According to the ABA report, the vast majority of customers looking for deferral assistance are in NSW, with 57% of all hardship requests, 69% of housing deferrals and 72% of business deferrals located in NSW.
This data follows data from Finder which shows that more than half of all mortgage holders in Australia are concerned about when interest rates rise, and 15% of Australians don’t think they will have the capacity to make their repayments when they do.
When it comes to mortgage stress, the rule of thumb is that any household paying more than 30 percent of their pre-tax income on their mortgage is considered under stress.
According to that definition, most of Australia is currently facing mortgage stress, with Canberrans paying 38%, Hobart residents paying nearly 39%, Melburnians paying 44.5% and Sydney residents spending nearly 60% of their pre-tax income on their mortgage.
Is the property market too hot?
While the job market remains precarious amid ongoing lockdowns, and many are struggling to repay their debts, the property market continues to soar in Australia.
A fear of missing out has prompted many Australians to rush into the property market amid record price growth and historic-low interest rates, driving prices up 19 per cent higher than they were before the pandemic. This sharp spike in prices has prompted many to over-extended themselves financially in order to get into the market, and many are now either at risk of defaulting on their mortgages.
And it looks like things are going to continue heating up in the property market for the rest of 2021, as CoreLogic has identified that housing markets have seen improved performance after emerging from lockdowns.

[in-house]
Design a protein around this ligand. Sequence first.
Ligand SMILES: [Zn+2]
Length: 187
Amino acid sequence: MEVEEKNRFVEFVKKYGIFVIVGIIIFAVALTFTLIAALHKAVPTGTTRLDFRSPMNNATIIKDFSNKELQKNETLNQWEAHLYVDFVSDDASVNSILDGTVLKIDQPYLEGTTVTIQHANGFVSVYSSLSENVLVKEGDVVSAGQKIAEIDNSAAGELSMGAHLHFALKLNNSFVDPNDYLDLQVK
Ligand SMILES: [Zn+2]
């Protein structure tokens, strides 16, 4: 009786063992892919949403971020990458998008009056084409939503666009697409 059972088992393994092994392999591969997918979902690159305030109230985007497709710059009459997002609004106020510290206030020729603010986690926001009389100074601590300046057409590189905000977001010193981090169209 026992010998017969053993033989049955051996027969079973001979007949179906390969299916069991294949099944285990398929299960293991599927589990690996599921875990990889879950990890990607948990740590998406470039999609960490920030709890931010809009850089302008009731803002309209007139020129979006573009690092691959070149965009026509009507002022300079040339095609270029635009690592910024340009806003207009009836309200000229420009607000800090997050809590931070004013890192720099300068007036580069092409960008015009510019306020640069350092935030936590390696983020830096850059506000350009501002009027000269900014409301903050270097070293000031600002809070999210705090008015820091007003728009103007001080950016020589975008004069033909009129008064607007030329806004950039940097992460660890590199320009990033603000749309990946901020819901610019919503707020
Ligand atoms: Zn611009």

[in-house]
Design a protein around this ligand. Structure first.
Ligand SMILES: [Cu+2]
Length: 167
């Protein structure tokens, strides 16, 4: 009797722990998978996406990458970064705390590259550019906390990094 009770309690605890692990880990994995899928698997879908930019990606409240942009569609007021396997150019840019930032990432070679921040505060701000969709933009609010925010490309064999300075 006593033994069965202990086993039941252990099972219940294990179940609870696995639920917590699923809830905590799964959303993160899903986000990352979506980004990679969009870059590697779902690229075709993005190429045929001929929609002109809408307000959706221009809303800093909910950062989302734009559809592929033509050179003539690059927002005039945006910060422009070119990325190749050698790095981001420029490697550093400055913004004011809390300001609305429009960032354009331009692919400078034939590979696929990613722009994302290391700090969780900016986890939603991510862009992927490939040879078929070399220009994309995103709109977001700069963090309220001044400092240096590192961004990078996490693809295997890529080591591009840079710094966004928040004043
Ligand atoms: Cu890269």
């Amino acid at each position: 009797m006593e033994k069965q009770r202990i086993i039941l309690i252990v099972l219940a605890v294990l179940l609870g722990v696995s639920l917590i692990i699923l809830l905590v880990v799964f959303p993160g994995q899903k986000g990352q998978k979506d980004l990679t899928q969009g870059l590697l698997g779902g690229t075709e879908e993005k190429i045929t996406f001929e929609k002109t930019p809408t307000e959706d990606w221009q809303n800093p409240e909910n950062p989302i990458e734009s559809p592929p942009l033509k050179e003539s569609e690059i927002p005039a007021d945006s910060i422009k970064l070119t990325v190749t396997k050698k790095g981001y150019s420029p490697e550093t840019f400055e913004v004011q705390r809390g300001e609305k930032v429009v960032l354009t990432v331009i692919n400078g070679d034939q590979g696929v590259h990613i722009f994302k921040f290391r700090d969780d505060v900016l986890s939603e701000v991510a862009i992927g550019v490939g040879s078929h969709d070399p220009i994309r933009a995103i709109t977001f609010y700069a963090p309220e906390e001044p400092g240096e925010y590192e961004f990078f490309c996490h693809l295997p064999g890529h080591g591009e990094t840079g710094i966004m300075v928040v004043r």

So how can everyday Australians get ahead?
You haven’t missed out…yet
With wages going backwards, investing your wealth is the only way to really get ahead financially in today’s economy.
However, while the property market has been scorching-hot this year, things are going to slow down in 2022.
We’re already seeing issues of affordability causing a slowdown in price growth in places like Melbourne and Sydney, and NAB has had to revise their 2022 price projections downward to a 3.6% price growth rate in 2022, compared with the 19+ percent growth we saw this year.
Put simply, we’re in the eleventh hour to generate wealth simply by buying and holding property.
This is why you should focus on manufacturing your own wealth, independent of the market cycles – through Small Property Developments.
Strategies like DA uplifts, subdivisions and residential unit developments can yield up to six figures of profits in a much shorter timeframe than other property investments – and we can teach you how.
Our Property Development Masterclass Livestream will teach you the same lessons that have made six figures in just a few months for many of our students through small property developments, but time is running out.
We have limited spots available, so don’t miss out. Register below.